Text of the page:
Sunday, December 12, 2004

Kelly and I at the place of refuge

How 'bout that all terrain wheelchair?

Tuesday, October 05, 2004

By Betty; What Do I Do Now

I was sitting in my recliner chair holding my daughter, who was 6 months old at the time. It was a nice day in Sarasota, Florida, as I had the windows open and you could hear the birds singing and children playing outside.

I started to notice something strange with my body that day. I had felt numbness with both of my legs but it had continued up to the middle of my back. I also noticed numbness on the side of face and across my forehead. This was very weird!

I had a house warming party to host that night so I couldn’t think too much more about it. I did notice that when I walked on the cold floor, barefoot, that my feet would hurt…A LOT! This was definitely not normal! I told Sam I had to see the doctor to check this out.

We had our party that night and we did talk to our friends about what was going on but we made light of it. After all, how can you explain mystery symptoms when there is no reason for them?

I went to my general doctor and went through the whole story again with him, where I was and what I did. He didn’t have a clue as to what was going on. The one good thing he did do was referring me to another doctor.

I was not really worrying at this point that I had something that couldn’t be fixed! Off I went to the new doctor. He did his thing and ran all kinds of tests in his office. I do remember one test he did that I thought was very strange. I was sitting on his table and he was moving my big toe up and down. I had my eyes closed and he kept asking me to tell him when he had moved my toe up or down. Well, I never felt him move my toe up or down. I had failed his test…he had been moving my toe!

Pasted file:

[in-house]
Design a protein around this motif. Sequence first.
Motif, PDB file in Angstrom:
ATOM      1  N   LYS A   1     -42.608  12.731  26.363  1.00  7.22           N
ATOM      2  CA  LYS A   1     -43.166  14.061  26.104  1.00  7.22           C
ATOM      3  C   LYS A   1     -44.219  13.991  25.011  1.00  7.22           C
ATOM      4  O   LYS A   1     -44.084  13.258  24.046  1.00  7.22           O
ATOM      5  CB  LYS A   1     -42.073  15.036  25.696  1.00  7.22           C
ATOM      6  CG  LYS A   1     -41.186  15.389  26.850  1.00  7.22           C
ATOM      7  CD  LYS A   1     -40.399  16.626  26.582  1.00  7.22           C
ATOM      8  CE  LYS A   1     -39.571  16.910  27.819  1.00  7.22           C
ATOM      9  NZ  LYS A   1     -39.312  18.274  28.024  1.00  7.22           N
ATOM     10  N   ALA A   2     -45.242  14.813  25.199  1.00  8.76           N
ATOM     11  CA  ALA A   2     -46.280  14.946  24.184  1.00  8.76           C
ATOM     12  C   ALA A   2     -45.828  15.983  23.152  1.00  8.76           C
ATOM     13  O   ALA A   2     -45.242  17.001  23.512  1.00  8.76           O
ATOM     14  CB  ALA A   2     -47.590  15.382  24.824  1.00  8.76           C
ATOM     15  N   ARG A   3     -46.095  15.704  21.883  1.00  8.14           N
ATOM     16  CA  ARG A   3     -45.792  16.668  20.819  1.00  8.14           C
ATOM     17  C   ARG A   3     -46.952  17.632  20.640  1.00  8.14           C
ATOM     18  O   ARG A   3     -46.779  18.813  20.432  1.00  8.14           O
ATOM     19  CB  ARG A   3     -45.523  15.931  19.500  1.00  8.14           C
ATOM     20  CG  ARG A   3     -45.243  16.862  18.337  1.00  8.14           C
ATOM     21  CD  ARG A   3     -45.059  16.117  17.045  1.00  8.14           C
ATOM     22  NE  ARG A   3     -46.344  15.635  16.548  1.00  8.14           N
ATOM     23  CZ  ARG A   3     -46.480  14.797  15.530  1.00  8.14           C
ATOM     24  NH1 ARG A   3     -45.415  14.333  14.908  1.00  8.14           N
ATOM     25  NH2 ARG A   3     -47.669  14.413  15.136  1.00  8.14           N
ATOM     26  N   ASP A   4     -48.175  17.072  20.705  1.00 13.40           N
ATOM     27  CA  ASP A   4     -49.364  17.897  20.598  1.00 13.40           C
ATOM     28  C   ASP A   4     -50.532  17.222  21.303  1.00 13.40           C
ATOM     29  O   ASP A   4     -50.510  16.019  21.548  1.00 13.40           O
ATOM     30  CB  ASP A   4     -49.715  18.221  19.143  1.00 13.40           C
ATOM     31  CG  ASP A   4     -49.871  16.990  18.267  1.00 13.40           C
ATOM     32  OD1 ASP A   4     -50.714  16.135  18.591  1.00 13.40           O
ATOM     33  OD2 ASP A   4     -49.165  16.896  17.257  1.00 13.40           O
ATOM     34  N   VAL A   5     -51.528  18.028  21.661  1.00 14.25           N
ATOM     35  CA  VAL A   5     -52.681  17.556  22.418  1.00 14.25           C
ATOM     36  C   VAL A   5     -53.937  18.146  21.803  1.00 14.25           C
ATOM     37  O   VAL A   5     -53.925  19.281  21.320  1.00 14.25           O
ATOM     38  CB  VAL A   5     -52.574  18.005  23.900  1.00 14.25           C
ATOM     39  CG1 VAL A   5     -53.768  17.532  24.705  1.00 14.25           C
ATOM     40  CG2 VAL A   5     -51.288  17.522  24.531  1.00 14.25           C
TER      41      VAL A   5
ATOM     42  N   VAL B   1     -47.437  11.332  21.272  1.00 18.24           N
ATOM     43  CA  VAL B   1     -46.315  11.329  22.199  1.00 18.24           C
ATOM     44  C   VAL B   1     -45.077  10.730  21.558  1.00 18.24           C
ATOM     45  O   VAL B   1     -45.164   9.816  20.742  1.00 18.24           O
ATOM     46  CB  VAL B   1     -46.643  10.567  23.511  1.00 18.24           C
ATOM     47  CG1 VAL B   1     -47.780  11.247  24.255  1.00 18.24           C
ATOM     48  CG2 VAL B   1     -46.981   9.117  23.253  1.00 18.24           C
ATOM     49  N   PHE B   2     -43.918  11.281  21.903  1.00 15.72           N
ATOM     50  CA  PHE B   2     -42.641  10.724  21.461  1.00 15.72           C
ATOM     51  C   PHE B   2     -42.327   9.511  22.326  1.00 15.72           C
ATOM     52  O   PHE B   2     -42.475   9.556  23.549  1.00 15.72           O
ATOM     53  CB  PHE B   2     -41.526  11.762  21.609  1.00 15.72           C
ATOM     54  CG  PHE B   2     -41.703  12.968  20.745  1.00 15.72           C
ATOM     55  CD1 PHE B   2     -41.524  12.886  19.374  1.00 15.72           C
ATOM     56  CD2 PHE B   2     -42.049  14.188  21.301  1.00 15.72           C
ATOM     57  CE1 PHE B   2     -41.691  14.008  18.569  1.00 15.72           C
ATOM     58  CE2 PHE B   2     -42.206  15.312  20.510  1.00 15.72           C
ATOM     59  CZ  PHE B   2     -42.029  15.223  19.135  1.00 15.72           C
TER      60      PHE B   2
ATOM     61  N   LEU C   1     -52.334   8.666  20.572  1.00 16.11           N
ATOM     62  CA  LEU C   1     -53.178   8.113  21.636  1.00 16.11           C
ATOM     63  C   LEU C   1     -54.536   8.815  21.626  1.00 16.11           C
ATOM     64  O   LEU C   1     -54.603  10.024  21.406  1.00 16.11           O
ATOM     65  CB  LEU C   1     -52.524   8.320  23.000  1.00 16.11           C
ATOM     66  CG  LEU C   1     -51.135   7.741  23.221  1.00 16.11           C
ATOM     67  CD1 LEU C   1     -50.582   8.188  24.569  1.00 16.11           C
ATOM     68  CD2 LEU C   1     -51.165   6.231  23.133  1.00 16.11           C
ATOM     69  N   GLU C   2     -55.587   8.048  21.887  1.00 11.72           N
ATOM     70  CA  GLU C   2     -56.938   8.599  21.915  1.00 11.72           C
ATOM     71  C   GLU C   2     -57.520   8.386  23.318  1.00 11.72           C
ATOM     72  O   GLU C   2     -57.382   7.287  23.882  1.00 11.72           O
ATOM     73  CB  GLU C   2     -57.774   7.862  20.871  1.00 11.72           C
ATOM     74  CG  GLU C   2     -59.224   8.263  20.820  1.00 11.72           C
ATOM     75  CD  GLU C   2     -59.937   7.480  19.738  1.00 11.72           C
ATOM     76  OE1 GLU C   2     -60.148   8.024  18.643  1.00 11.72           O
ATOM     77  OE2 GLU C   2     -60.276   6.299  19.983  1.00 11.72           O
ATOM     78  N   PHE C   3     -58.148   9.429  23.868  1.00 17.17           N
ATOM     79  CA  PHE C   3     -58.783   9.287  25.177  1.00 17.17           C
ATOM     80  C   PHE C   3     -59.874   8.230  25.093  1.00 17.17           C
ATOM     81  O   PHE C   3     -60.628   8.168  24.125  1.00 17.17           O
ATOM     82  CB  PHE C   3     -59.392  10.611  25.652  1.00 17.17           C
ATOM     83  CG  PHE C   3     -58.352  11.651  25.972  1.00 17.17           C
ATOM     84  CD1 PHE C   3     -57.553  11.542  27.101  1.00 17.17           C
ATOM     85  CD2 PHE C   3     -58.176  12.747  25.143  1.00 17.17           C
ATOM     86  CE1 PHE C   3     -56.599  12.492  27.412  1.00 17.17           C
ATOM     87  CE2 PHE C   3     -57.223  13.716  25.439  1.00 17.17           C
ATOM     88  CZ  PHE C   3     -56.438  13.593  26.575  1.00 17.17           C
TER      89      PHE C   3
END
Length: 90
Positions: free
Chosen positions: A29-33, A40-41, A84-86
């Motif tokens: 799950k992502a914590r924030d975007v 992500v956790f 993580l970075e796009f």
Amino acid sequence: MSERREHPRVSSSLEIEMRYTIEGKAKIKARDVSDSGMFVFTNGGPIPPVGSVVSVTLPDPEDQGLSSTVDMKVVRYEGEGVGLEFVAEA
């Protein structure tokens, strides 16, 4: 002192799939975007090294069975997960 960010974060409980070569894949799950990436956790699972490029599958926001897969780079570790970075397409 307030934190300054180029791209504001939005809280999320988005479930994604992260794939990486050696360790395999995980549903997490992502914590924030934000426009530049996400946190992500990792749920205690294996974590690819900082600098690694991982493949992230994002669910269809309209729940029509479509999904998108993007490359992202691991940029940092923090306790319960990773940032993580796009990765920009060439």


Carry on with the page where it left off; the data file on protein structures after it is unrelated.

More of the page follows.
Sam had told me later, he really didn’t move it much and that was why I couldn’t feel it but I was to learn the real reason very soon. The doctor wanted me to check into the hospital to have further testing done. I had 3 children by then so we had to make arrangements for them as Sam had a job too. Things were squared away and I went into the hospital.

I had the usually battery of tests for the time, a spinal tap, blood tests, a cat scan. After all was done I got my final report. The doctor came into my room and told me I had MS. I just looked at him and said OK. Nothing else was said. The doctor left and I reached over and picked up the phone and called Sam. I told him on the phone what the doctor had told me -- I had MS. Sam was silent. I also told him I could go home the next day.

It didn’t sink in for me until a week later, after I was home. What do I do now?

Tuesday, September 21, 2004

By Frank; In the beginning; a new lifestyle

It all started 20 yrs ago. First my 20/20 vision deteriorated suddenly. My depth perception was diminished and I developed color blindness. There was no explanation. The CAT scan found no brain tumor and there was no noticable reason the doctors could pinpoint. Several months later my wife recalled a bout of Shingles I had had earlier. The doctor deduced that that was the cause. Since then other doctors have speculated that the Shingles were the trip-wire that spawned the MS. Who knows?